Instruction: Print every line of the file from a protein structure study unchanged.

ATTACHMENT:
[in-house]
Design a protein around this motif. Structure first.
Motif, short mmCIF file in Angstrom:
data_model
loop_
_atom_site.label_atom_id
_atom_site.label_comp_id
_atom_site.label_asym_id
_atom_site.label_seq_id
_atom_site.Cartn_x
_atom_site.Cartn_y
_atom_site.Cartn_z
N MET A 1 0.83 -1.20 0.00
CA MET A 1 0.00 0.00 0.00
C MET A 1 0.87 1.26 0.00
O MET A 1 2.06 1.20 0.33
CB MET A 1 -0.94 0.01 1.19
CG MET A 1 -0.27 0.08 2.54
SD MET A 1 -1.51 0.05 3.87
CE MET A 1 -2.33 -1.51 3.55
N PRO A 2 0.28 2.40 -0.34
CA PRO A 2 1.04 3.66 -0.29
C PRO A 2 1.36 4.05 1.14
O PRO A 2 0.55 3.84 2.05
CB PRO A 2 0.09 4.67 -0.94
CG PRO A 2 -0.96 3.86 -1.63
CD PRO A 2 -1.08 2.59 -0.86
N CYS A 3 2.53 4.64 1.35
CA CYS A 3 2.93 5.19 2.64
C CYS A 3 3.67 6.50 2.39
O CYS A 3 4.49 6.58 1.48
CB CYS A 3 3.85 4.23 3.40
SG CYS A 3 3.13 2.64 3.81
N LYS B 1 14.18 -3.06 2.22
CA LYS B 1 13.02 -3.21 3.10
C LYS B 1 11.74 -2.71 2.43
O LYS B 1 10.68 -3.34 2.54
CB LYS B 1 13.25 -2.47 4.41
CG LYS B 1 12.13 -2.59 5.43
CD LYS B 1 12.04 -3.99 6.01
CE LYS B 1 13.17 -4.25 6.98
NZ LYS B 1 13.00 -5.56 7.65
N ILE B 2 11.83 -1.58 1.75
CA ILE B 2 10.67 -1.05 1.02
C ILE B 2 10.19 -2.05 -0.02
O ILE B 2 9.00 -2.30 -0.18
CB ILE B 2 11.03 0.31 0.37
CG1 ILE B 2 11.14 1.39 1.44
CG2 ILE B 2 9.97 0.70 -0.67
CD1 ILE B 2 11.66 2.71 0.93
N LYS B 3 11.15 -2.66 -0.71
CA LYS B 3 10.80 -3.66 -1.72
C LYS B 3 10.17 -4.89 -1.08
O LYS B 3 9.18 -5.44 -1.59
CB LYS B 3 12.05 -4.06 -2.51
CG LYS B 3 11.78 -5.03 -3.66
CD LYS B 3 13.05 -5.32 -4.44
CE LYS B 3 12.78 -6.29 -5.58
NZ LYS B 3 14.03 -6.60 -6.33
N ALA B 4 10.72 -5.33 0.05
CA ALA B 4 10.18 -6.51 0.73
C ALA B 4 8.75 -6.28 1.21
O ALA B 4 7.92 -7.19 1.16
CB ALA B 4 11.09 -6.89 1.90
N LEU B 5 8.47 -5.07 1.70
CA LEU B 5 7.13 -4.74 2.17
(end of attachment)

[in-house]
Design a protein around this motif. Structure first.
Motif, short mmCIF file in Angstrom:
data_model
loop_
_atom_site.label_atom_id
_atom_site.label_comp_id
_atom_site.label_asym_id
_atom_site.label_seq_id
_atom_site.Cartn_x
_atom_site.Cartn_y
_atom_site.Cartn_z
N MET A 1 0.83 -1.20 0.00
CA MET A 1 0.00 0.00 0.00
C MET A 1 0.87 1.26 0.00
O MET A 1 2.06 1.20 0.33
CB MET A 1 -0.94 0.01 1.19
CG MET A 1 -0.27 0.08 2.54
SD MET A 1 -1.51 0.05 3.87
CE MET A 1 -2.33 -1.51 3.55
N PRO A 2 0.28 2.40 -0.34
CA PRO A 2 1.04 3.66 -0.29
C PRO A 2 1.36 4.05 1.14
O PRO A 2 0.55 3.84 2.05
CB PRO A 2 0.09 4.67 -0.94
CG PRO A 2 -0.96 3.86 -1.63
CD PRO A 2 -1.08 2.59 -0.86
N CYS A 3 2.53 4.64 1.35
CA CYS A 3 2.93 5.19 2.64
C CYS A 3 3.67 6.50 2.39
O CYS A 3 4.49 6.58 1.48
CB CYS A 3 3.85 4.23 3.40
SG CYS A 3 3.13 2.64 3.81
N LYS B 1 14.18 -3.06 2.22
CA LYS B 1 13.02 -3.21 3.10
C LYS B 1 11.74 -2.71 2.43
O LYS B 1 10.68 -3.34 2.54
CB LYS B 1 13.25 -2.47 4.41
CG LYS B 1 12.13 -2.59 5.43
CD LYS B 1 12.04 -3.99 6.01
CE LYS B 1 13.17 -4.25 6.98
NZ LYS B 1 13.00 -5.56 7.65
N ILE B 2 11.83 -1.58 1.75
CA ILE B 2 10.67 -1.05 1.02
C ILE B 2 10.19 -2.05 -0.02
O ILE B 2 9.00 -2.30 -0.18
CB ILE B 2 11.03 0.31 0.37
CG1 ILE B 2 11.14 1.39 1.44
CG2 ILE B 2 9.97 0.70 -0.67
CD1 ILE B 2 11.66 2.71 0.93
N LYS B 3 11.15 -2.66 -0.71
CA LYS B 3 10.80 -3.66 -1.72
C LYS B 3 10.17 -4.89 -1.08
O LYS B 3 9.18 -5.44 -1.59
CB LYS B 3 12.05 -4.06 -2.51
CG LYS B 3 11.78 -5.03 -3.66
CD LYS B 3 13.05 -5.32 -4.44
CE LYS B 3 12.78 -6.29 -5.58
NZ LYS B 3 14.03 -6.60 -6.33
N ALA B 4 10.72 -5.33 0.05
CA ALA B 4 10.18 -6.51 0.73
C ALA B 4 8.75 -6.28 1.21
O ALA B 4 7.92 -7.19 1.16
CB ALA B 4 11.09 -6.89 1.90
N LEU B 5 8.47 -5.07 1.70
CA LEU B 5 7.13 -4.74 2.17